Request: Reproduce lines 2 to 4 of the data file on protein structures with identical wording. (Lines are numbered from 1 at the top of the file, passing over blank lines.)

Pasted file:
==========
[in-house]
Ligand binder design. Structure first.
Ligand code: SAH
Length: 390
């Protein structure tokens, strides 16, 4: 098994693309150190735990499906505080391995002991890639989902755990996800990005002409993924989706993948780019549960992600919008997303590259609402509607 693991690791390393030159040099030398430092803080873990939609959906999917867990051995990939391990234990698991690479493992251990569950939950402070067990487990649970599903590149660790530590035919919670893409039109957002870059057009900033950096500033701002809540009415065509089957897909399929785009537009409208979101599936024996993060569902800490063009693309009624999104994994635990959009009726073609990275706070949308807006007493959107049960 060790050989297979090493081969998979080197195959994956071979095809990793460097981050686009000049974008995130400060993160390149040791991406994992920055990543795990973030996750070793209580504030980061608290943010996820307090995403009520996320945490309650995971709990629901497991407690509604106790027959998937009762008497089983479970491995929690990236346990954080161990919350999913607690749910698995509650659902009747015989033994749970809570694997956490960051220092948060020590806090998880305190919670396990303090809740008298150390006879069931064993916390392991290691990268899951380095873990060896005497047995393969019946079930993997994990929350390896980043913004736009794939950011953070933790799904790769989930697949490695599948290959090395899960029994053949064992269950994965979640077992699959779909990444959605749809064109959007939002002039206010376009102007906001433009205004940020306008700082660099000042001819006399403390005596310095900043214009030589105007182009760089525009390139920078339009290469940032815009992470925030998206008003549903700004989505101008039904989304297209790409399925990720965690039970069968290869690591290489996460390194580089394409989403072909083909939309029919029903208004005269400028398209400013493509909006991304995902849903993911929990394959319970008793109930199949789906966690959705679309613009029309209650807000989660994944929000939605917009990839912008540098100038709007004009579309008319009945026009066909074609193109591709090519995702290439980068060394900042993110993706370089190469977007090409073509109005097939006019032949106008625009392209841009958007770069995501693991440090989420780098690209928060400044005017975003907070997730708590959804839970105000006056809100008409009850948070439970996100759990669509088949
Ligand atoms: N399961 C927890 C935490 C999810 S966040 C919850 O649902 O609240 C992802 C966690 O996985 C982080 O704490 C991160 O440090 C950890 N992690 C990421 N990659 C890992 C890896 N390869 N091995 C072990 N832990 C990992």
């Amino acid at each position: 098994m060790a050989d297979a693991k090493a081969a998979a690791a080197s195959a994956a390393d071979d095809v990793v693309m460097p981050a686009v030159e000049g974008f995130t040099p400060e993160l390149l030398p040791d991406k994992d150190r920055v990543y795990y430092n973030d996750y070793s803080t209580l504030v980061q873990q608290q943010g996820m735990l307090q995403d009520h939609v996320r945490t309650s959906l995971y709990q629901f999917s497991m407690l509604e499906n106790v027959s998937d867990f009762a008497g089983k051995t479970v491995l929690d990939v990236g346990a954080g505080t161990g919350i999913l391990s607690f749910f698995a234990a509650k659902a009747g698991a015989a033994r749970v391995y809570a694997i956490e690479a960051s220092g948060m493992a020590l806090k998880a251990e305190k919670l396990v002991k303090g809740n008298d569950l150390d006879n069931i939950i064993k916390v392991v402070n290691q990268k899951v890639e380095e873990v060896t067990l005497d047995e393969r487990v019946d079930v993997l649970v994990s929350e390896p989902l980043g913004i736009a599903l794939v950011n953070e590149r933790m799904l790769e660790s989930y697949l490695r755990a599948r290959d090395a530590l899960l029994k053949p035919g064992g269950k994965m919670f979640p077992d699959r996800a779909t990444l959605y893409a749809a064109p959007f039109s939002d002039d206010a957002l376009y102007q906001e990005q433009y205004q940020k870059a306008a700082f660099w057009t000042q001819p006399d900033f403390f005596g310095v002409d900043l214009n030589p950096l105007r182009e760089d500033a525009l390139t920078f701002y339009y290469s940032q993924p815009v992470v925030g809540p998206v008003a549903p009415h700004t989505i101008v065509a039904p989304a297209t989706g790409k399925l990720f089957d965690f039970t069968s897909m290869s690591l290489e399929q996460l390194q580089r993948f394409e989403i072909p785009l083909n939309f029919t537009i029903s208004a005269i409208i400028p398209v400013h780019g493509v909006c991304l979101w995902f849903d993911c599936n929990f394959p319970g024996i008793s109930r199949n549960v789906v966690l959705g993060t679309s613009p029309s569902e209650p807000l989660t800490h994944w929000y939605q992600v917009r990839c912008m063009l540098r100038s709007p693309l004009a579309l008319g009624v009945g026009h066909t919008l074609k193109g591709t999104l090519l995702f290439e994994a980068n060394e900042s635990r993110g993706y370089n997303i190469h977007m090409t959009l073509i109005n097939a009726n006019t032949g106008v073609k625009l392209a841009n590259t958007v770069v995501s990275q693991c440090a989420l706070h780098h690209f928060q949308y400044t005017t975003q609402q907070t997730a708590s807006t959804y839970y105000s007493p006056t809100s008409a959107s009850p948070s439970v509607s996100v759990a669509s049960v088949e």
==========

Ligand binder design. Structure first.
Ligand code: SAH
Length: 390